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bei Symonds Yat, England (United Kingdom)
The walk starts and finishes near the Symond’s Yat Rock viewpoint. Before starting the walk you may want to take a short detour over the bridge and chek out the stunning view from the top of the cliff looking down on the river and valley below.
Return back over the bridge and walk down the uneven steps down to the river, follow the sign post for the clearly marked Highmeadow Trail. On the way down take the path signposted to Symonds Yat East and Riverside. Continue past the hotel and walk along the riverside taking either the wide cycle path or the muddier footpath near the river’s edge - enjoy the peace and tranquility of this beautiful area.
Pass Bibbin Bridge, a suspension bridge over the river which was built by the Forest Commission. After about an hours walking, or about 3 miles, turn left and head up hill through Lady Park Wood. It’s a bit of haul up to the top, but just follow the fence on your left that protects parts of the forest.
At the next major junction make a sharp right turn onto a forest track and head towards Near Hearkening Rock. The view from the Rock is amazing and quite unexpected. Apparently it was used by gamekeepers as an observation point and listening post at night to catch poachers.
Follow the yellow waymarked signs under this massive exposed rock and then turn right and head down the slippery hillside path to rejoin the main forest track once more. Turn left here. After a short way, take the waymarked footpath off to the left, heading towards Staunton. You will pass an old well just before you reach the main road.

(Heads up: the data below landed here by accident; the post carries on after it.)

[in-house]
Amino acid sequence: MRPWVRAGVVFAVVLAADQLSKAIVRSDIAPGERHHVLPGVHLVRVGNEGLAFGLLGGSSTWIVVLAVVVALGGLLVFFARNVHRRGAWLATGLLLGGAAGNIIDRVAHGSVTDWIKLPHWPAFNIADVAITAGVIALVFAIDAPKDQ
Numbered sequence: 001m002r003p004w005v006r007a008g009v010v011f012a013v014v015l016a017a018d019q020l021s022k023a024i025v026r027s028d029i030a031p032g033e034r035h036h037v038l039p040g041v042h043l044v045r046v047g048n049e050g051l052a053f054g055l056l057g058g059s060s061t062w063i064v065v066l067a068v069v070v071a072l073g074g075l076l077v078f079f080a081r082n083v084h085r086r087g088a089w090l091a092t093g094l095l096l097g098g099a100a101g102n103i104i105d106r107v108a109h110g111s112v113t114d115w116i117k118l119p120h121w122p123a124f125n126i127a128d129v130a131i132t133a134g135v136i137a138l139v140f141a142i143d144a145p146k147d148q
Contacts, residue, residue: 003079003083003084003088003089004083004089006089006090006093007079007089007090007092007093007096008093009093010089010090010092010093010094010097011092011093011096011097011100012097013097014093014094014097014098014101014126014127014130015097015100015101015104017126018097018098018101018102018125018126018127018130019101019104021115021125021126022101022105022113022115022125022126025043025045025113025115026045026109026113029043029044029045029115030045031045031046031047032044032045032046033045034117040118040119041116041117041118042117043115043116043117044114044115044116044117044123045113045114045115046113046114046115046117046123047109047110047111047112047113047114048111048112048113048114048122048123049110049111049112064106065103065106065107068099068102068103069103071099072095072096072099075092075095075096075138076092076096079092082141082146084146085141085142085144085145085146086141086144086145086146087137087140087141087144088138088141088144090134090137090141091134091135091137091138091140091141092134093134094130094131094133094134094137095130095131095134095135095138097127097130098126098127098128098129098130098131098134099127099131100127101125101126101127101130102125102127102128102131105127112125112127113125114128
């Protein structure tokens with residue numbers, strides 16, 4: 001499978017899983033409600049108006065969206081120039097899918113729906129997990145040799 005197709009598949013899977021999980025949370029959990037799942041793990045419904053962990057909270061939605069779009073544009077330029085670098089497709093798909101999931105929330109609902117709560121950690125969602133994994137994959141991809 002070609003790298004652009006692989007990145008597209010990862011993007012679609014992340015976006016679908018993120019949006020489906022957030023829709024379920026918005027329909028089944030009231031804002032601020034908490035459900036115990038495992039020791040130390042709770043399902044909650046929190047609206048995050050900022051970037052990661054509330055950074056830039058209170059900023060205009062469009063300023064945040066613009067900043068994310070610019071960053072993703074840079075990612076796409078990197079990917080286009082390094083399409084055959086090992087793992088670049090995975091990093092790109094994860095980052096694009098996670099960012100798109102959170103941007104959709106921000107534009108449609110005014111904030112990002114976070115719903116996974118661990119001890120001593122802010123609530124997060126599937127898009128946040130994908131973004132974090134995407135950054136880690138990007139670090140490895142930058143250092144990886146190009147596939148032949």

Cross the main road at Staunton and walk up the road where there is a stile taking you into Rodge Wood. Following a dry stone wall all the way to the Buckstone. The Buckstone is a local landmark. The Buckstone is reputed to be the largest piece of detached conglomerate or puddingstone rock in England and Wales and has been estimated to weigh maybe 14,000 tons.
After enjoying the view, take the left path and walk down the hill towards Staunton. Heading towards the church you will pass the Pound. The Pound was built to hold stray grazing animals. The Pound Keeper was responsible for them and extracting a fine for their release. There are several picnic benches around here and it’s a good place to rest and perhaps stop for lunch.
Turn right opposite the church and follow the Trail through Blake’s Wood. The waymarked trail will lead you to the main road. Cross over and and pick up the path on the other side. Keep to the waymarked paths in the direction of Christchurch and pass through the Forest of Dean cabins. Mind out for wild boar around here!
At Broom Hill simply follow the signs for the Christchurch to Symonds Yat walk and enjoy a couple of miles easy, gentle downhill walking back to the carpark.